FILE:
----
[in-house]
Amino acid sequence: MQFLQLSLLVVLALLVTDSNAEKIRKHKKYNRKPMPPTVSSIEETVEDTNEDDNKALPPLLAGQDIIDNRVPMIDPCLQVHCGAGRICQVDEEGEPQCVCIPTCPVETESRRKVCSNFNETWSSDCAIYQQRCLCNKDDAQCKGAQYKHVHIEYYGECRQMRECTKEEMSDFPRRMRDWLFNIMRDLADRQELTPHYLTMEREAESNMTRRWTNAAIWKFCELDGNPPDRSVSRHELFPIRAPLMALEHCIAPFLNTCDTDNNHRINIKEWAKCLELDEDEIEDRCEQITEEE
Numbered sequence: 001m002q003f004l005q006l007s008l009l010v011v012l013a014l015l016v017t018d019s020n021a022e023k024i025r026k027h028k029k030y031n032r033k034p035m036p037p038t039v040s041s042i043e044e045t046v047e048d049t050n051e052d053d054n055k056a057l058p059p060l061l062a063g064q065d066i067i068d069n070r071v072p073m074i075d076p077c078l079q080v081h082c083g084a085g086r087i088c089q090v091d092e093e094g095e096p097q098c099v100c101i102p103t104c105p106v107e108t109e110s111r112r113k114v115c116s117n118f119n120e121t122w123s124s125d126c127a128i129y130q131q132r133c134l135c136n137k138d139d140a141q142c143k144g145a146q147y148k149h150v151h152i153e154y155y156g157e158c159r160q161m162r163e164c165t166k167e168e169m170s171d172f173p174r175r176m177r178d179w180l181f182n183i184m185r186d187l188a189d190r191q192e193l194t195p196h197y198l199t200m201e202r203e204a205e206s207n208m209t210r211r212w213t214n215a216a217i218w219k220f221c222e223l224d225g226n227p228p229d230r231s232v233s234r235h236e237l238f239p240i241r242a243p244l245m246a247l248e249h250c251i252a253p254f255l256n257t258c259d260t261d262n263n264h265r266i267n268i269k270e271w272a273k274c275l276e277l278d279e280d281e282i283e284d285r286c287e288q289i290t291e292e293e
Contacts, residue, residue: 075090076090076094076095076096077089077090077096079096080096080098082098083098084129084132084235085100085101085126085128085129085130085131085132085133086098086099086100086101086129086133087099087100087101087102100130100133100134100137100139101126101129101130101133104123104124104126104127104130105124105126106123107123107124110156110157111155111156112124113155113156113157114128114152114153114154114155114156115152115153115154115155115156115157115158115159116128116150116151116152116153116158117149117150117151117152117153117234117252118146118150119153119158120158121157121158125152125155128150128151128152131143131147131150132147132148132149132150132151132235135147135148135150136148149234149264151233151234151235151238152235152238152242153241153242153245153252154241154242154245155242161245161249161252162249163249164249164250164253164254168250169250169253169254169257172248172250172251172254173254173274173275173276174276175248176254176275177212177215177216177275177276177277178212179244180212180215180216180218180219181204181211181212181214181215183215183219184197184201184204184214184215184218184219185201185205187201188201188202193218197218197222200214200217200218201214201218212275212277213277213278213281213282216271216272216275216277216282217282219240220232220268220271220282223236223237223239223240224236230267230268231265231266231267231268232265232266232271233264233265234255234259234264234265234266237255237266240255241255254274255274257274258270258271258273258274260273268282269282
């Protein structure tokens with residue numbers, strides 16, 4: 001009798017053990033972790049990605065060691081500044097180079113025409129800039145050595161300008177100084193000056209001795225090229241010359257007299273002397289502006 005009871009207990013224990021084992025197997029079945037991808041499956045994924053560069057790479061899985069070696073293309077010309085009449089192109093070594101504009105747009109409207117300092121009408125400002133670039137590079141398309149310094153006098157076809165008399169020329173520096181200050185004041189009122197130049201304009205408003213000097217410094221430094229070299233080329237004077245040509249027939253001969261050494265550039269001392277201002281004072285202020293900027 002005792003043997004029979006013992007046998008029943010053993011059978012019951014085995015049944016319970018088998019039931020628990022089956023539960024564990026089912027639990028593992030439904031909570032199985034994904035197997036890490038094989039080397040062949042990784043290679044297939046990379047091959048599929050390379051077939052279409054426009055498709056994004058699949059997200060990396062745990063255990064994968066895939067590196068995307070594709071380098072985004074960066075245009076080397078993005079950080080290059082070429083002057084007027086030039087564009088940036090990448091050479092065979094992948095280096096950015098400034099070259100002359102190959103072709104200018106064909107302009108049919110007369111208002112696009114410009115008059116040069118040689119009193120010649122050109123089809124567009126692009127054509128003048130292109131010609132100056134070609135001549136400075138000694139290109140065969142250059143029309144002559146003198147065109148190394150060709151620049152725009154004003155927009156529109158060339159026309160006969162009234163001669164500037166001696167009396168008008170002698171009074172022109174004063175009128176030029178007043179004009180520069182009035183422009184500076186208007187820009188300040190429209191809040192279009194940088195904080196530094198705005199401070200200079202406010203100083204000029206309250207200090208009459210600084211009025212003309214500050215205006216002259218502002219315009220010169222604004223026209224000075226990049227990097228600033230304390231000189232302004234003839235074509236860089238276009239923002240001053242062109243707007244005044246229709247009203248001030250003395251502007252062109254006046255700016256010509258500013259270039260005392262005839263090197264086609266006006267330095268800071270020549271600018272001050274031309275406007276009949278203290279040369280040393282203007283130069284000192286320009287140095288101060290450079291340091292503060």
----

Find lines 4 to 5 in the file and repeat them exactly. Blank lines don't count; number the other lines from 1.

Contacts, residue, residue: 075090076090076094076095076096077089077090077096079096080096080098082098083098084129084132084235085100085101085126085128085129085130085131085132085133086098086099086100086101086129086133087099087100087101087102100130100133100134100137100139101126101129101130101133104123104124104126104127104130105124105126106123107123107124110156110157111155111156112124113155113156113157114128114152114153114154114155114156115152115153115154115155115156115157115158115159116128116150116151116152116153116158117149117150117151117152117153117234117252118146118150119153119158120158121157121158125152125155128150128151128152131143131147131150132147132148132149132150132151132235135147135148135150136148149234149264151233151234151235151238152235152238152242153241153242153245153252154241154242154245155242161245161249161252162249163249164249164250164253164254168250169250169253169254169257172248172250172251172254173254173274173275173276174276175248176254176275177212177215177216177275177276177277178212179244180212180215180216180218180219181204181211181212181214181215183215183219184197184201184204184214184215184218184219185201185205187201188201188202193218197218197222200214200217200218201214201218212275212277213277213278213281213282216271216272216275216277216282217282219240220232220268220271220282223236223237223239223240224236230267230268231265231266231267231268232265232266232271233264233265234255234259234264234265234266237255237266240255241255254274255274257274258270258271258273258274260273268282269282
């Protein structure tokens with residue numbers, strides 16, 4: 001009798017053990033972790049990605065060691081500044097180079113025409129800039145050595161300008177100084193000056209001795225090229241010359257007299273002397289502006 005009871009207990013224990021084992025197997029079945037991808041499956045994924053560069057790479061899985069070696073293309077010309085009449089192109093070594101504009105747009109409207117300092121009408125400002133670039137590079141398309149310094153006098157076809165008399169020329173520096181200050185004041189009122197130049201304009205408003213000097217410094221430094229070299233080329237004077245040509249027939253001969261050494265550039269001392277201002281004072285202020293900027 002005792003043997004029979006013992007046998008029943010053993011059978012019951014085995015049944016319970018088998019039931020628990022089956023539960024564990026089912027639990028593992030439904031909570032199985034994904035197997036890490038094989039080397040062949042990784043290679044297939046990379047091959048599929050390379051077939052279409054426009055498709056994004058699949059997200060990396062745990063255990064994968066895939067590196068995307070594709071380098072985004074960066075245009076080397078993005079950080080290059082070429083002057084007027086030039087564009088940036090990448091050479092065979094992948095280096096950015098400034099070259100002359102190959103072709104200018106064909107302009108049919110007369111208002112696009114410009115008059116040069118040689119009193120010649122050109123089809124567009126692009127054509128003048130292109131010609132100056134070609135001549136400075138000694139290109140065969142250059143029309144002559146003198147065109148190394150060709151620049152725009154004003155927009156529109158060339159026309160006969162009234163001669164500037166001696167009396168008008170002698171009074172022109174004063175009128176030029178007043179004009180520069182009035183422009184500076186208007187820009188300040190429209191809040192279009194940088195904080196530094198705005199401070200200079202406010203100083204000029206309250207200090208009459210600084211009025212003309214500050215205006216002259218502002219315009220010169222604004223026209224000075226990049227990097228600033230304390231000189232302004234003839235074509236860089238276009239923002240001053242062109243707007244005044246229709247009203248001030250003395251502007252062109254006046255700016256010509258500013259270039260005392262005839263090197264086609266006006267330095268800071270020549271600018272001050274031309275406007276009949278203290279040369280040393282203007283130069284000192286320009287140095288101060290450079291340091292503060």